Opening a fitness studio is exciting and rewarding, but at the same time, there are a lot of moving pieces to consider in order to run a successful business. Sometimes things can go wrong — mistakes happen. The good news is that with failure comes more knowledge, and you can learn those lessons and come back out on top full speed ahead. Five successful fitness business owners share their biggest mistakes when starting their businesses, and detail what they learned along the way.
Choose your target demographic and know when to pivot
You might have a very specific demographic that you are targeting as you are building your business plan and brand. Although you have a specific vision of your target audience, you should stay open-minded and adaptable once you go to market. You may attract a different type of demographic than originally planned — updating your messaging and marketing could help reach an audience you may not have specifically tried targeting in the first place.
Misa Dugally of STRIDE Pasadena says, “In our business plan we anticipated attracting mostly experienced runners, so we geared our programming and marketing toward the runner demographic. Very quickly, we realized we needed to pivot toward the novice runner and walkers who were anxious for a place like STRIDE to meet their fitness goals. Today our STRIDE model is about inclusiveness… the elite runner, weekend warriors, moms and dads and Couch to 5ker’s can all move together!”
Hire people who are trustworthy and always double-check
As you begin hiring staff or instructors, make sure you fully vet and verify them. Even when you meet someone who has a great portfolio or resume and you get a good vibe, make sure you understand their bandwidth and work ethic.
Michael Champlin, owner of Row House Campbell told us, “I should have pursued a ‘trust, but verify’ approach with my general contractor, instead of just ‘trust.’ I relied on their project manager to stay on top of all of the details regarding construction, but the manager was spread too thin and their mistakes, lack of foresight, and omissions cost me much time and money. For now on… trust and verify.”
Choose the right location and the right people for your fitness business
Choosing the right business location is extremely important for your fitness studio to succeed. You first need to consider the saturation of your niche in the fitness market, as you ideally want to bring a new type of fitness studio to a neighborhood. It’s also important to hire the right instructors who align with your brand values.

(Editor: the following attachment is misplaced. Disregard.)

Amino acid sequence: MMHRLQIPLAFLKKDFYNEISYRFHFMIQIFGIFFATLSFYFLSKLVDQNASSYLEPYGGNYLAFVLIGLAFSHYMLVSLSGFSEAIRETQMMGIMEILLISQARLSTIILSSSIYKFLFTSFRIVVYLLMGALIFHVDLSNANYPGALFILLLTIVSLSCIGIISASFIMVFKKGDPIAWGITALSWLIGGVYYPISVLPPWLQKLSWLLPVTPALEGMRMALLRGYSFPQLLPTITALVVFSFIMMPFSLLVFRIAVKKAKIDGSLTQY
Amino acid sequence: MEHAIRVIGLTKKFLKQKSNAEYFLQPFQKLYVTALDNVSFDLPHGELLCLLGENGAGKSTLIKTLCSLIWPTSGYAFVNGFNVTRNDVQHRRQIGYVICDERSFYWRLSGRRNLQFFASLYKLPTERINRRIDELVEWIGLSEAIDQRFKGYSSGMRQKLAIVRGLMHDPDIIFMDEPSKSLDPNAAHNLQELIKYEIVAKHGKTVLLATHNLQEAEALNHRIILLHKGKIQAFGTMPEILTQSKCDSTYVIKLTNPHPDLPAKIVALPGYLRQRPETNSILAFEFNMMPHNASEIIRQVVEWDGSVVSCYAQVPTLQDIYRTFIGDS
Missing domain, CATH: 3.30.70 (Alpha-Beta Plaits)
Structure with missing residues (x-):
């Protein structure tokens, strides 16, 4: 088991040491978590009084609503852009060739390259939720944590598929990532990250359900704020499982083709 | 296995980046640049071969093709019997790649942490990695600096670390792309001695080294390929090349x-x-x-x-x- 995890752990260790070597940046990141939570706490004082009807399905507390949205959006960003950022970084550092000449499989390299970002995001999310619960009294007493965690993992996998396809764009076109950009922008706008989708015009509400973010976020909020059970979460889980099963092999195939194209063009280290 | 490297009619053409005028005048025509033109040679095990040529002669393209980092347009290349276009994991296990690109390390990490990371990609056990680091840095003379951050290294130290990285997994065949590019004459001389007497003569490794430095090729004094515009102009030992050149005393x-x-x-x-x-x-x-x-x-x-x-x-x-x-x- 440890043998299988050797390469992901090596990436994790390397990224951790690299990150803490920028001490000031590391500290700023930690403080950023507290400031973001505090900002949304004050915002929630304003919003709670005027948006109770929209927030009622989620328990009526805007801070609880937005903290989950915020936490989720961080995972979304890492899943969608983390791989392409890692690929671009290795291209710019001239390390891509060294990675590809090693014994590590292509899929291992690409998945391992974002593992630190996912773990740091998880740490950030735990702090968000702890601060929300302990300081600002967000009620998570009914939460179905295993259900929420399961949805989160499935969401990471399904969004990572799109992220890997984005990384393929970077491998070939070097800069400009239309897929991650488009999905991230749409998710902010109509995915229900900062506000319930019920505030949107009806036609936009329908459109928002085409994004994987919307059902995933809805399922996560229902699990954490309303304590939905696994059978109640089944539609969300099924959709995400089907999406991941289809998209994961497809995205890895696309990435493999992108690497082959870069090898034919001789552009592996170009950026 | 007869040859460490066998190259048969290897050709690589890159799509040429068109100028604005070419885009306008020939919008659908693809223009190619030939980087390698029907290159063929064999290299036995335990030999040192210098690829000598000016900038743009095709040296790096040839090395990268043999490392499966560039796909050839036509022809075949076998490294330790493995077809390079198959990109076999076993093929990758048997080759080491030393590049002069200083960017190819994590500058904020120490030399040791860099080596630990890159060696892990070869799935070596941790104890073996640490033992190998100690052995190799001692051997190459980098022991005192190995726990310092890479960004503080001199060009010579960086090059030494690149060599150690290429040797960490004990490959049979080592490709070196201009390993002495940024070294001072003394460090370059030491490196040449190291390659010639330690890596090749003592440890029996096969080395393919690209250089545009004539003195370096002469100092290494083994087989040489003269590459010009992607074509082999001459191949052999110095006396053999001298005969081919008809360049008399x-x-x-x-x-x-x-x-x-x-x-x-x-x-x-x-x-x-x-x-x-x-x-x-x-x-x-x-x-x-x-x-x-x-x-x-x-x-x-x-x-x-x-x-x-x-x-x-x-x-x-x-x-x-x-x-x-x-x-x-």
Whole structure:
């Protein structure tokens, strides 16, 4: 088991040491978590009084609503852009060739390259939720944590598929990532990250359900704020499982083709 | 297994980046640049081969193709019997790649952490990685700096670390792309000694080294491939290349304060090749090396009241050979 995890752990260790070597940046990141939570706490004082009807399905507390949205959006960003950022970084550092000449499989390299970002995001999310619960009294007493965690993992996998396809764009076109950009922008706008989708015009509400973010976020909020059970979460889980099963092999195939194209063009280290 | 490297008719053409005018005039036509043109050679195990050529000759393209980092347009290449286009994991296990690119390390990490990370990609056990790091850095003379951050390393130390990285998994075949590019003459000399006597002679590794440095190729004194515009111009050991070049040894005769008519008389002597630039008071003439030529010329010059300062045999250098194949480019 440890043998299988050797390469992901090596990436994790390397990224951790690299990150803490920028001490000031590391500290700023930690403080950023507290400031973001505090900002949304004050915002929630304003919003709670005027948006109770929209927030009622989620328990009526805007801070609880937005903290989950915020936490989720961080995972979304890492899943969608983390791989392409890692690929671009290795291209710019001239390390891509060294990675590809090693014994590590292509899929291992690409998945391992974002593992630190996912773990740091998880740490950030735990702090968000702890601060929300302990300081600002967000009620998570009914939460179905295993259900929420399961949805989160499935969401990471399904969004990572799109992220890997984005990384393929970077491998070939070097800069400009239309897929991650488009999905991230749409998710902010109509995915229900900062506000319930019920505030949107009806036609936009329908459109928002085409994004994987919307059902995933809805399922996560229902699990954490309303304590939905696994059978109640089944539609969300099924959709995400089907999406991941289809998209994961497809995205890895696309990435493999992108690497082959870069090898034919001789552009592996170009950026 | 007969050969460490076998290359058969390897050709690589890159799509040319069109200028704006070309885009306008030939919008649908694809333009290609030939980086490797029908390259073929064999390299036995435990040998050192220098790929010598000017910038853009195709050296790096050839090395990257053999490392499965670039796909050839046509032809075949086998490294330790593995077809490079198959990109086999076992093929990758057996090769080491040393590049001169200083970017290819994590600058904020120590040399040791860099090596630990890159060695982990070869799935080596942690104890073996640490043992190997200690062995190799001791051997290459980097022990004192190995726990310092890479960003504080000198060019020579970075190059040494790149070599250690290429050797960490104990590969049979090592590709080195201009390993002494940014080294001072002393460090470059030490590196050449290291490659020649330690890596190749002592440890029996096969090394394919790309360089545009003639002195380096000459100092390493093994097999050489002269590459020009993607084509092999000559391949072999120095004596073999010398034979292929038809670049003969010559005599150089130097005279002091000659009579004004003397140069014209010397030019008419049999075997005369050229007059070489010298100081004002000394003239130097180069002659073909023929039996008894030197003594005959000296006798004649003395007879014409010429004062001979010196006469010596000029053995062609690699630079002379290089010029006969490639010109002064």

Meredith Lincoln, owner of Stretchlab Burlingame and Stretchlab Mountain View learned, “There are two key components to success in this business: first, ‘location, location, location;’ after you’ve decided on that, it’s then ‘people, people, people.’ We are a service business, and it’s critically important to have motivated, enthusiastic, team players to drive the business day-to-day. The biggest mistakes I’ve made were on hiring the ‘wrong’ people, usually when we were understaffed and feeling really strapped. The ‘wrong’ person is not better than ’no’ person, I’ve painfully reminded myself several times.”
Outsource sooner than later
As a fitness business owner, you can only wear so many hats without overworking yourself and burning out. The more operational and administrative tasks you have, the less time you have to create amazing fitness programs and even less time you can spend with your clients. Delegate and lean on your staff or hire outside professionals where you can.
Reece Mander, owner of Reece Mander Fitness says, “The biggest mistake was thinking I could do all the sessions, all the marketing, the sales and the admin. In reality, it just leaves you burnt out and not being able to help as many people. Get help and outsource sooner would be my best advice on this.”
Understand geographic differences and cater to those factors
When your business expands and opens in new regions, that might mean that your brand marketing and operations can no longer be a “one size fits all.” It’s helpful to do some research by talking with your clients and taking location surveys to learn about their regional needs and feedback.
David Collignon, Senior Vice President of Operations at Blink told us, “As Blink Fitness has grown and expanded into new markets, we quickly learned that the fitness equipment and layout needs of the customer varies. For example, in a more suburban market, we may need a bigger stretching area whereas an urban market benefits from having more heavy weights. As we continue to expand, we’ve dedicated more time and resources to find out the needs and wants of our members in each area we are opening in so we can adapt our plan and find greater success.”
Building a fitness business is no easy task, and there will be lots of ups and downs along the way. However, you can learn from every mistake or hiccup and move forward with even more confidence and energy. Become a ClassPass partner to gain more business insight to propel your venture — learn more here.